Honoré Daumier: The Michelangelo of Caricature
“There is a lot of Michelangelo in that fellow,” observed realist author and playwright Honoré Balzac in reference to Honoré Daumier. As one of the better-known artists of the French Realism Movement, which took place from 1840 to the late nineteenth century and was an era of artists who honed in on real life often featuring commoners and laborers as their subjects, Daumier captured the moments of the time on a variety of mediums, including painting, lithography, sculpture, satirical cartoons and caricatures.
Honoré Daumier, Voyageurs appréciant de moins en moins les wagons de troisième classe…, French, 1808 – 1879, published 1856, lithograph on wove paper, Ailsa Mellon Bruce Fund. Image from National Gallery of Art
Honoré Daumier: Realism, Satire and Caricatures
The National Gallery of Art’s Lorenz Eitner notes that his body of work highlights “the characteristic look and demeanor of every segment of Parisian society, ranging from the crotchets and timidities of the urban middle class with which he fondly empathized (Les Bons Bourgeois), to the frauds of speculators (Robert Macaire), the pomposities of lawyers (Gens de justice), the self-delusions of artists, the rapacity of landlords, and the vanity of bluestockings. “ His abhorrence for lawyers appears to stem from his early employment as an errand boy for attorneys. He also paid particular attention to King Louise-Phillipe, which eventually provoked the sovereign to sentence Daumier to jail for six months due to the harshness of Daumier’s wit in the satirical cartoon of the king.
Honoré Daumier (French, 1808 – 1879 ), Les Tritons de la Seine, 1864, lithograph, Rosenwald Collection 1943.3.3205 From the National Gallery of Art
His 40-year career creating satirical cartoons was chronicled in the French journals, La Silhouette, La Caricature and Le Charivari. His ascent into cartooning stems from the help of a family friend, Alexandre Lenoir, who provided Daumier informal training in drawing since Daumier’s family couldn’t afford to send him to art school. After copying Lenoir’s art collection and the works from the Louvre, Daumier landed a fortunate apprenticeship with a lithographer who taught Daumier the technical aspects of printmaking. From there, the publisher of La Silhouette, La Caricature and Le Charivari hired Daumier around 1829 to be a cartoonist for the satirical publications.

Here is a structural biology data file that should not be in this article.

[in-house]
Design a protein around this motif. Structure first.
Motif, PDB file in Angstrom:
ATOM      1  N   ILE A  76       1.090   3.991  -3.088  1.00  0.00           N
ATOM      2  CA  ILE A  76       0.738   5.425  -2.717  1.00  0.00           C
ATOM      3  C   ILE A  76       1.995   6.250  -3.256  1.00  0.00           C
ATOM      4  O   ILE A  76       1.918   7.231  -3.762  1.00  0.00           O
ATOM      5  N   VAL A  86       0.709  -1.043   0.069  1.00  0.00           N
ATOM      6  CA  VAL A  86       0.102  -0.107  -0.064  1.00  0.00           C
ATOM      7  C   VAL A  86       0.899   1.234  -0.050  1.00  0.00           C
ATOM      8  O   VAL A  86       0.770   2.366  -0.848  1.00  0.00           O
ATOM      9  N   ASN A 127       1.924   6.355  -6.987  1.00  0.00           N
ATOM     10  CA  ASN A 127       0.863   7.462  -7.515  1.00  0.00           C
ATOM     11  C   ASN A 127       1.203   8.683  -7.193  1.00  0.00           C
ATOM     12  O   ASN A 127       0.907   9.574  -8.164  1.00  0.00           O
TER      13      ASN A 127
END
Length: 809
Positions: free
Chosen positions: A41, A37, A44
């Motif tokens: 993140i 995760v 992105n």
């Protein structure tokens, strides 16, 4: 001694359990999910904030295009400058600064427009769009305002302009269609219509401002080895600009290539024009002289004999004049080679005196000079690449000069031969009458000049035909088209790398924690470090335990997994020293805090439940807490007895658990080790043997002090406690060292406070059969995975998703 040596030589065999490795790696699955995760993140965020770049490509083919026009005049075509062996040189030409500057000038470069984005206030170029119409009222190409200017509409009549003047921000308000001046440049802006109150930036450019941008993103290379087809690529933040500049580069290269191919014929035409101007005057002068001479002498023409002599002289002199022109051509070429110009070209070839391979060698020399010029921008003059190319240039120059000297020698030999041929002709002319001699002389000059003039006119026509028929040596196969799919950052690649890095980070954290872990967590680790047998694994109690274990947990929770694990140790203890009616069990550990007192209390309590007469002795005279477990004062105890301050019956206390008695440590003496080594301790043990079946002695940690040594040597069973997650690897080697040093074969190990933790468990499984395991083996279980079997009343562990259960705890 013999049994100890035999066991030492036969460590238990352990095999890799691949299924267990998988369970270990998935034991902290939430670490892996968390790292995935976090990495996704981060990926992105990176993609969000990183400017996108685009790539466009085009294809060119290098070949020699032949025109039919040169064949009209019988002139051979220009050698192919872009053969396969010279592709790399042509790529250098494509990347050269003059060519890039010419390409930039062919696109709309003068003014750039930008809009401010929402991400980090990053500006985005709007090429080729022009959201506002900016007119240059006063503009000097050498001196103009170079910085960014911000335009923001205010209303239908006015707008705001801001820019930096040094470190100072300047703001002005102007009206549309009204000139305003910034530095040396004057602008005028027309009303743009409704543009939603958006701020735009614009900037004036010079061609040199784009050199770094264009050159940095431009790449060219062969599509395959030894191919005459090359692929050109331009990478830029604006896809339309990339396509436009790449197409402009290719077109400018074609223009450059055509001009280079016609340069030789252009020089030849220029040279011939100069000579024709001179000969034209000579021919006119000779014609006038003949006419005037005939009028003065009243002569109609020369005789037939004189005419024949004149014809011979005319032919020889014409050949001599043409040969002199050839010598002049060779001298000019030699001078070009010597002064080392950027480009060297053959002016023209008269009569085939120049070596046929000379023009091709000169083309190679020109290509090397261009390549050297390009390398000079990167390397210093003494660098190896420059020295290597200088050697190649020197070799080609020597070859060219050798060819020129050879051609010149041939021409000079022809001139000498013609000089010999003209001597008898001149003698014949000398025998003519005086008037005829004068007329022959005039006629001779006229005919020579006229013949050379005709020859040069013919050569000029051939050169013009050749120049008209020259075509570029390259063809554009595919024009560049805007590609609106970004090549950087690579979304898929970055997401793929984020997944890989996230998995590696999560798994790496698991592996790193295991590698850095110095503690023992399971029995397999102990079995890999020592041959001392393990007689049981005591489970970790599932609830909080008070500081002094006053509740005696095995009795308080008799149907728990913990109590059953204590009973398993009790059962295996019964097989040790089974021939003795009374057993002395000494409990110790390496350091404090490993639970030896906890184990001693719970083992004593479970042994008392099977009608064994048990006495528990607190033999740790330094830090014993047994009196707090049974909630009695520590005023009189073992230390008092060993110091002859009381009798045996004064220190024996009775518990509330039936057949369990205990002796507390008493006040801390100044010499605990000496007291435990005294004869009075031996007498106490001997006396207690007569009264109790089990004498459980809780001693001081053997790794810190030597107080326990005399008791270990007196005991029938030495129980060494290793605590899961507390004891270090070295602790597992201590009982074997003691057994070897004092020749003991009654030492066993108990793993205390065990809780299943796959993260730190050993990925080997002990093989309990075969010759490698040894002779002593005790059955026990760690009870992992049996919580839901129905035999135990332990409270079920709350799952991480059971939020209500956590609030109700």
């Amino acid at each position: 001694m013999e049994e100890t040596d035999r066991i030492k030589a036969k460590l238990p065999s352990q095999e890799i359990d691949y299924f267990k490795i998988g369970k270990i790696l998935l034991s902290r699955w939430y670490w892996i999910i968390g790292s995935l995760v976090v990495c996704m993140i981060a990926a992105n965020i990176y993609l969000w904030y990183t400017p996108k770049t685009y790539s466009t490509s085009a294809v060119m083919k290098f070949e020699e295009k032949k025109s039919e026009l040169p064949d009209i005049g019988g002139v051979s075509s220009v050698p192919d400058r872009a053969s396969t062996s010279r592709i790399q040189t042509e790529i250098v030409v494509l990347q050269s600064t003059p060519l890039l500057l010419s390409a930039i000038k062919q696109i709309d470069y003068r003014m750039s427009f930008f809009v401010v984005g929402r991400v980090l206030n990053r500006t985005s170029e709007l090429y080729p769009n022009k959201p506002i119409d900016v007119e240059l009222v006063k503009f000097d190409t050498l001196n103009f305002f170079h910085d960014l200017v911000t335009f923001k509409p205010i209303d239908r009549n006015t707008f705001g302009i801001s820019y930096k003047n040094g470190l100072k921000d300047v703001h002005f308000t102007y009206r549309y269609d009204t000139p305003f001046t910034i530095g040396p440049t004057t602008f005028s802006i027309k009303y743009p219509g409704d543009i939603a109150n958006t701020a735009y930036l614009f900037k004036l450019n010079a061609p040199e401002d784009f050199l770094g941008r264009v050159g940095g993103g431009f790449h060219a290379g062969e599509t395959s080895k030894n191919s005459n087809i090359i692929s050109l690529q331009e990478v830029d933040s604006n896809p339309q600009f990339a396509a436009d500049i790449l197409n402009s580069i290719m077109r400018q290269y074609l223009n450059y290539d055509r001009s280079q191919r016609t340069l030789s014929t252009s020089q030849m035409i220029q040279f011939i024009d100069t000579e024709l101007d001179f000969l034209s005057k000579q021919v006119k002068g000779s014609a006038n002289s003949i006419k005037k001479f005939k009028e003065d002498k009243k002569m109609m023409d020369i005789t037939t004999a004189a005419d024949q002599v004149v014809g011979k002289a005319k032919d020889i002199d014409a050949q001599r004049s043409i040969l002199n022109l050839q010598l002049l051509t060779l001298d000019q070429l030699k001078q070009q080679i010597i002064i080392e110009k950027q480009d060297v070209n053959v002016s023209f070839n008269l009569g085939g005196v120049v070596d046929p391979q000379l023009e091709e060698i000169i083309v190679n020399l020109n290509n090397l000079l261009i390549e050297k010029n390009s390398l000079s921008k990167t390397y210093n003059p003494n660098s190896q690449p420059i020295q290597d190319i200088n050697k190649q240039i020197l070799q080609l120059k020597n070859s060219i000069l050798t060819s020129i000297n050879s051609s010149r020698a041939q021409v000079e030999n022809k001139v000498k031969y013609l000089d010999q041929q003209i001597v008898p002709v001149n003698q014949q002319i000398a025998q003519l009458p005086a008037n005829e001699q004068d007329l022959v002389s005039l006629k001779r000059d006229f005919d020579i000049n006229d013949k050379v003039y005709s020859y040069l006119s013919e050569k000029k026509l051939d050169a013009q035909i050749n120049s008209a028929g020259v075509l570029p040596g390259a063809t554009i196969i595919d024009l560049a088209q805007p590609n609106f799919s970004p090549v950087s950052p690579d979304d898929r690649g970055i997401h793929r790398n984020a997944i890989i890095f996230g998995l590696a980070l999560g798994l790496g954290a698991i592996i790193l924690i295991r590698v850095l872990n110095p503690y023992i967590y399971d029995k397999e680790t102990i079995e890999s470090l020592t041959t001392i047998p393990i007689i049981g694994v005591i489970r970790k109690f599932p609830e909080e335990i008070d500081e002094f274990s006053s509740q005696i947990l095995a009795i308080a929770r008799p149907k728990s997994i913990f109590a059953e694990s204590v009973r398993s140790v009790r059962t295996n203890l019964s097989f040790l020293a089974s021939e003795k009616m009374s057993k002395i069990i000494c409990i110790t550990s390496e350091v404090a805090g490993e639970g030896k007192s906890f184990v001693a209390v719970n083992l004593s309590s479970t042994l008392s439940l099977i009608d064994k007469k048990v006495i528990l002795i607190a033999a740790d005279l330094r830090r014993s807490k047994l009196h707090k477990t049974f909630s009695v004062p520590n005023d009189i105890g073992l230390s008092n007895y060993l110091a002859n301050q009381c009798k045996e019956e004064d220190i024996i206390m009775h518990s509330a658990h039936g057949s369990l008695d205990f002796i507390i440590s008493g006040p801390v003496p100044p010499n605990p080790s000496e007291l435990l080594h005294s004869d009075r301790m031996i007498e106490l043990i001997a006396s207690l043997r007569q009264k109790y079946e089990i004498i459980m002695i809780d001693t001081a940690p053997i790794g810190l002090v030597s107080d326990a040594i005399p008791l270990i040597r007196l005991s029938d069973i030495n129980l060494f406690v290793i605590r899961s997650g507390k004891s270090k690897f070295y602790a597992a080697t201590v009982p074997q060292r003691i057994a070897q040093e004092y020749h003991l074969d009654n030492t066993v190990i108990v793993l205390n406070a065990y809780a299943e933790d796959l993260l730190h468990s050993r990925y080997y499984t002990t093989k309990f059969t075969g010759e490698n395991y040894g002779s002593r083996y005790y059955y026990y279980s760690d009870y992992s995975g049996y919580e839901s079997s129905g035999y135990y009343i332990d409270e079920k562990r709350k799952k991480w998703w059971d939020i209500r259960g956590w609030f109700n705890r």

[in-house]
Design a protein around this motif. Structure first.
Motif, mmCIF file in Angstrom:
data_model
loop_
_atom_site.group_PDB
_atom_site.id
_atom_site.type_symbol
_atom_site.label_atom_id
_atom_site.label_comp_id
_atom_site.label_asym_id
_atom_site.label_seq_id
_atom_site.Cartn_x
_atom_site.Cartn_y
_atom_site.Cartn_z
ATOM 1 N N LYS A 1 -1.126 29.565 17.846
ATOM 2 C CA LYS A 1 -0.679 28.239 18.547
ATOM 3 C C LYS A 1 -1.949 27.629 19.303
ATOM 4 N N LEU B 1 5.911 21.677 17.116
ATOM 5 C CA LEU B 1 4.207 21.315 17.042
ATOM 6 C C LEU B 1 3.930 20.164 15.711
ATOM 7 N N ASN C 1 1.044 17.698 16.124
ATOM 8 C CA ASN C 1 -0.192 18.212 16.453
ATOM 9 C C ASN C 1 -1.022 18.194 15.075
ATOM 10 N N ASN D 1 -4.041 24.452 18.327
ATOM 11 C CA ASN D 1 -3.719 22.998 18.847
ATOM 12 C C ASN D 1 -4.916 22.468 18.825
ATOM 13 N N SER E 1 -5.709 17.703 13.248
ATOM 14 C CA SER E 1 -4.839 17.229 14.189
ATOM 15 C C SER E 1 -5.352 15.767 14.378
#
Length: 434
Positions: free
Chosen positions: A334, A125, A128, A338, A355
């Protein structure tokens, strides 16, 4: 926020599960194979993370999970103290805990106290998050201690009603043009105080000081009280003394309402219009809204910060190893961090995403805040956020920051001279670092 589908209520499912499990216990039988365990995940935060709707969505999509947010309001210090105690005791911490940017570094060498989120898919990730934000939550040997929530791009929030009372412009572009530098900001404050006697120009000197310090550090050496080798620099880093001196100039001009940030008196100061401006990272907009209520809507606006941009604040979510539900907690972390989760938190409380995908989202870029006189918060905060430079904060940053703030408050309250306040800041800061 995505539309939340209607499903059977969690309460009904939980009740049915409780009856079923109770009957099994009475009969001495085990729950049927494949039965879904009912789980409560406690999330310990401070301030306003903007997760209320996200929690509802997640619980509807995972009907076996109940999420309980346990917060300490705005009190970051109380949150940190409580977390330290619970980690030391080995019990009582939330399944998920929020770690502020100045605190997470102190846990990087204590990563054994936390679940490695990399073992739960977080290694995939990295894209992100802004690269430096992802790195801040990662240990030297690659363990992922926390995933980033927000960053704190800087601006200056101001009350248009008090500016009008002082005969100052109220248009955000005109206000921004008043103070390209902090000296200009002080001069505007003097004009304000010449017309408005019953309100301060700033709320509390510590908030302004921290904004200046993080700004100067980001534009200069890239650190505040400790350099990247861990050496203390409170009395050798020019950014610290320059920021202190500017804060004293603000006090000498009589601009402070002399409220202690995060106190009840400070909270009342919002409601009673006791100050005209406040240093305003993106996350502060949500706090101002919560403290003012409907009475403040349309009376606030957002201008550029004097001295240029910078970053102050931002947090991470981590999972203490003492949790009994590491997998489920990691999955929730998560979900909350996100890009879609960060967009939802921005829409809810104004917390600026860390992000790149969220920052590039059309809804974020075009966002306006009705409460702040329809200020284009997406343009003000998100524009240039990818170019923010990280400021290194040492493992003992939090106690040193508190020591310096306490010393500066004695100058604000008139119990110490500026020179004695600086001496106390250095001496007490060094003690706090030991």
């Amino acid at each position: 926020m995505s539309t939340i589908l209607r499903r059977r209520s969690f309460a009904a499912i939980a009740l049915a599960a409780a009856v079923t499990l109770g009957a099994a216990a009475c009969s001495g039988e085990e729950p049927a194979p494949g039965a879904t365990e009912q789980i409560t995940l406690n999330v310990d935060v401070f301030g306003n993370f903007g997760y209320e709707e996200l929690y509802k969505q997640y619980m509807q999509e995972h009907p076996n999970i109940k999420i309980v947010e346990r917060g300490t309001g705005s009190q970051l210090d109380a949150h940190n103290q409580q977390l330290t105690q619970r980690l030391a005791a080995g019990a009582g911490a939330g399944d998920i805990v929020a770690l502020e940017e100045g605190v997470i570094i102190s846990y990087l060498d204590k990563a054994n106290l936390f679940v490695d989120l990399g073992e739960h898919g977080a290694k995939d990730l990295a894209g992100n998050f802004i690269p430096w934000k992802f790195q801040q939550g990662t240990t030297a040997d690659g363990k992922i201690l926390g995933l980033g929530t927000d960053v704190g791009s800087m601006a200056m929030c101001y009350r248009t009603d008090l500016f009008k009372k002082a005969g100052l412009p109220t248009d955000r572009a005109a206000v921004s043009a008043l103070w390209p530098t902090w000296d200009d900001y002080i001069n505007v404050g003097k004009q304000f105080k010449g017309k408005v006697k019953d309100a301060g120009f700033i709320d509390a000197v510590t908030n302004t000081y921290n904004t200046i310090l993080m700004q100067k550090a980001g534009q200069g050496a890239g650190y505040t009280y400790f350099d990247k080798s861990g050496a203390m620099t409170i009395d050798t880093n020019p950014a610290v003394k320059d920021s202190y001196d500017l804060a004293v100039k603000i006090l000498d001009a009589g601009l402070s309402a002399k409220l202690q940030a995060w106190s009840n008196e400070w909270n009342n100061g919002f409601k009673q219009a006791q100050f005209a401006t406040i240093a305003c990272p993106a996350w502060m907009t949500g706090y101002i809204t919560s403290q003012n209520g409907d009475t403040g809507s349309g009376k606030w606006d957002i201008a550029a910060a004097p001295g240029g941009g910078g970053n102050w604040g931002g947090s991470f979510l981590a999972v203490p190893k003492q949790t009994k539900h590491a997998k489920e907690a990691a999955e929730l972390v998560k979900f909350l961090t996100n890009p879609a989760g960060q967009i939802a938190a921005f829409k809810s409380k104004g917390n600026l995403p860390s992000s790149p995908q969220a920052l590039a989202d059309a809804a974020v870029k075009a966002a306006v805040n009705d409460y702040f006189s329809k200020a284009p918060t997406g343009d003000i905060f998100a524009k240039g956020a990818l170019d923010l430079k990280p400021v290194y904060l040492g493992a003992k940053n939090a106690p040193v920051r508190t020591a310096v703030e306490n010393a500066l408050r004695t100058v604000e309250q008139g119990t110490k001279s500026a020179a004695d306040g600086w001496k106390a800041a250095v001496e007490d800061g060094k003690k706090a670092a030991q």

Honoré Daumier (French, 1808 – 1879 ), Un Abus de confiance, 1842, lithograph on newsprint, Ailsa Mellon Bruce Fund 1979.49.105 From the National Gallery of Art
Honoré Daumier (French, 1808 – 1879 ), Des gens dont le soleil réjouit peu la vue, 1855, lithograph, Rosenwald Collection 1958.8.64 From the National Gallery of Art
Honoré Daumier (French, 1808 – 1879 ), Le Tondeur de chiens, 1842, lithograph on newsprint, Ailsa Mellon Bruce Fund 1979.49.40 From the National Gallery of Art
Honoré Daumier (French, 1808 – 1879 ), Ce que certains journaux appeleraient…, 1870, lithograph, Rosenwald Collection 1943.3.3207 From the National Gallery of Art
Honoré Daumier (French, 1808 – 1879 ), Daumier fut le peintre ordinaire…, probably 1839, lithograph on newsprint, Ailsa Mellon Bruce Fund 1979.49.254
If you enjoyed this brief history on the realism artist, Honoré Daumier, and would like to dive more into art history, check out the History of Art course on HOW Design University. You’ll explore art history from a broad thematic perspective, looking at art through the lens of nature, the human body, society, religion, and politics. Engaging lectures and projects will challenge you to research and analyze the artists that interest you, opening up new channels of inspiration for your work.